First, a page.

Do you have very clear personal goals? Are you confident that they represent what you REALLY want - i.e., that they are outcomes rather than inputs? Making the critical distinction between outcomes and inputs is just as important to our ability to achieve personal goals as it is in achieving business goals. We can use the same tools at home to gain clarity about what we want to do and to specify how we will do it as we use in the workplace. Here's one process you can use either to create goals that truly are outcomes or to confirm that your current goals actually are the outcomes you desire.
Consider this common interaction between a two-year-old child and an adult: the child asks as question, the adult answers. The child asks "Why?" and the adult answers. The child again asks "Why?" to this new answer; the adult responds. This pattern repeats itself until the adult is out of patience or until the "final" answer is reached. I have found that this process (i.e., asking "Why?," answering, and asking "Why?" again over and over) is extremely effective in uncovering organizational and personal outcome goals.
Making the distinction between inputs and outcomes is just as critical in setting personal goals as it is in setting organizational goals. As I worked with clients over the years, I found a common pattern: when people are asked to identify a goal, they generally will respond quickly - with an input. By asking why they want that "goal," I force them (sometimes reluctantly) to think about whether that's really the final outcome they want. When they respond to my question, more often than not it represents another input. By continuing to push them to answer the "Why?" question over and over, I generally am successful in helping them arrive at their true "destination" - i.e., their desired outcome. For example, an initial answer to the question "What do you want from your job?" can be "To make a lot of money," and that is an input. When I ask why, the answer can evolve into, "To have the freedom to allocate my time any way I want," which is an outcome.
Why is identifying our outcomes so important? In short, because our quality of life depends on doing so successfully. For example, focusing on inputs, even those that sound good or reasonable, usually will lead us down the wrong path. We may get somewhere, but is it where we wanted to go? And what price did we pay? When we arrive we may very well ask ourselves, "Is that all there is?" When we focus on inputs we limit ourselves by settling for less than we could have, or be, or do. Are you willing to pay that price?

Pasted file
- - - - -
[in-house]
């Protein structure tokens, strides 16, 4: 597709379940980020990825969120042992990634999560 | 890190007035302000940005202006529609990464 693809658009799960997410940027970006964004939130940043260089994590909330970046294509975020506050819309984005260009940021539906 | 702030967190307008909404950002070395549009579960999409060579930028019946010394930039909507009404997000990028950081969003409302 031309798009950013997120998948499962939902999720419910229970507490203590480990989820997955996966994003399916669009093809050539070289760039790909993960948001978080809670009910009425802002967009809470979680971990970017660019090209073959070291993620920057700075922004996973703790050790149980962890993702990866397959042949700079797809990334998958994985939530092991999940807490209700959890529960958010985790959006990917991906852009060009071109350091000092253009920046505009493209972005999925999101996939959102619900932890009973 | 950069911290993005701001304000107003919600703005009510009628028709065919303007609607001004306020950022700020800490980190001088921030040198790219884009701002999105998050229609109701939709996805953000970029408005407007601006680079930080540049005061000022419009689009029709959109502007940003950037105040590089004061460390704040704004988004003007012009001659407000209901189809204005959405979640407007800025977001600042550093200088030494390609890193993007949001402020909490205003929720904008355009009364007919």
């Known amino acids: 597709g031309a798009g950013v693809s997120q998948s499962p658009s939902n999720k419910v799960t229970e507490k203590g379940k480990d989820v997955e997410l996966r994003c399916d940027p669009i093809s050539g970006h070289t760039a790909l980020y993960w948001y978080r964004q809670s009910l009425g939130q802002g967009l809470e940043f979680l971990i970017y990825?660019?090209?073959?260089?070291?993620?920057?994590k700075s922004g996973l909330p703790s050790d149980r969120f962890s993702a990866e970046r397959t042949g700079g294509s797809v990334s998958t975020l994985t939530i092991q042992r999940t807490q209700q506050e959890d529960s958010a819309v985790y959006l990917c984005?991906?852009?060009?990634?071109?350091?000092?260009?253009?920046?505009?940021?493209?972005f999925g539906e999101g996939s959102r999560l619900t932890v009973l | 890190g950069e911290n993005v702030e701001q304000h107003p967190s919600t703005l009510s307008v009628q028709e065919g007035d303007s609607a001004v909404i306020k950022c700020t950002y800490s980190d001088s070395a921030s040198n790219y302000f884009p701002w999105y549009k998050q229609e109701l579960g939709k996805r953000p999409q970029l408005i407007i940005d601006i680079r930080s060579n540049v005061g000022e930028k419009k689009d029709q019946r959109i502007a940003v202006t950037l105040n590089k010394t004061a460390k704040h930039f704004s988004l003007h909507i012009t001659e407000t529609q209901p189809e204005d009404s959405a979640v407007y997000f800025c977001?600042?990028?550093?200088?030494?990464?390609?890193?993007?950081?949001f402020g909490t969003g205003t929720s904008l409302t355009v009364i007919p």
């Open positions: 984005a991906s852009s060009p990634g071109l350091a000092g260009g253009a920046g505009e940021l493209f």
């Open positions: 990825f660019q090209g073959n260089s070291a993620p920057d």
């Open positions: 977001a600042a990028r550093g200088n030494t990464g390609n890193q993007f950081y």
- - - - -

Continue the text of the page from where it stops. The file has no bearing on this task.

Here is an example of how the above process works that also illustrates some of the dysfunctional or unintended results that may occur when we settle for goals that are inputs instead of outcomes. It represents a conversation I had with a student (denoted by "S" below) I was mentoring who came to discuss an important decision she had made.
- S: I decided I will change my major to accounting.
- P: Why accounting? Don't you hate numbers?
- S: Yes, but accountants make a lot of money.
- P: Why do you want a lot of money?
- S: Because I want to buy a car and move out of my parents' house.
- Note: Possibly we could stop here. Setting a goal of buying a car and moving out of her parents' house is fine. But this seems to be an input. What if there is more? It doesn't hurt to test the limits and see if there's something else.
- P: Why?
- S: Because I want to make my own decisions.
- Note: Again, this is another possible stopping point. Let's continue to push though, to see whether there is still more.
- P: Why?
- S: Because I want to do things they might not agree with.
- P: Why?
- S: Because I want to feel independent and truly on my own.
- P: Finally, the outcome emerges!
What can we learn from this exchange? Look back at where this conversation began and where it ended.
- Insight #1: The destination was far different than what she had imagined.
- Insight #2: There are many other options that will enable her to reach the outcome she wants AND enjoy the journey!
- Insight #3: Stopping prematurely at an input could have caused her to miss out on things she loves to do.
Warning: this process of distinguishing between inputs and outcomes is deceptively simple! It requires time, patience, and some soul-searching to discern what we really want, namely the ultimate outcome. Everything else before that point represents an input - necessary perhaps, but not sufficient for reaching the outcome. And there generally are many inputs that will take us to the desired outcome, if only we first identify accurately what end we have in mind.
Pat Lynch, Ph.D., is President of Business Alignment Strategies, Inc., a consulting firm that helps clients optimize business results by aligning people, programs, and processes with organizational goals. You may contact Pat or call (562) 985-0333.
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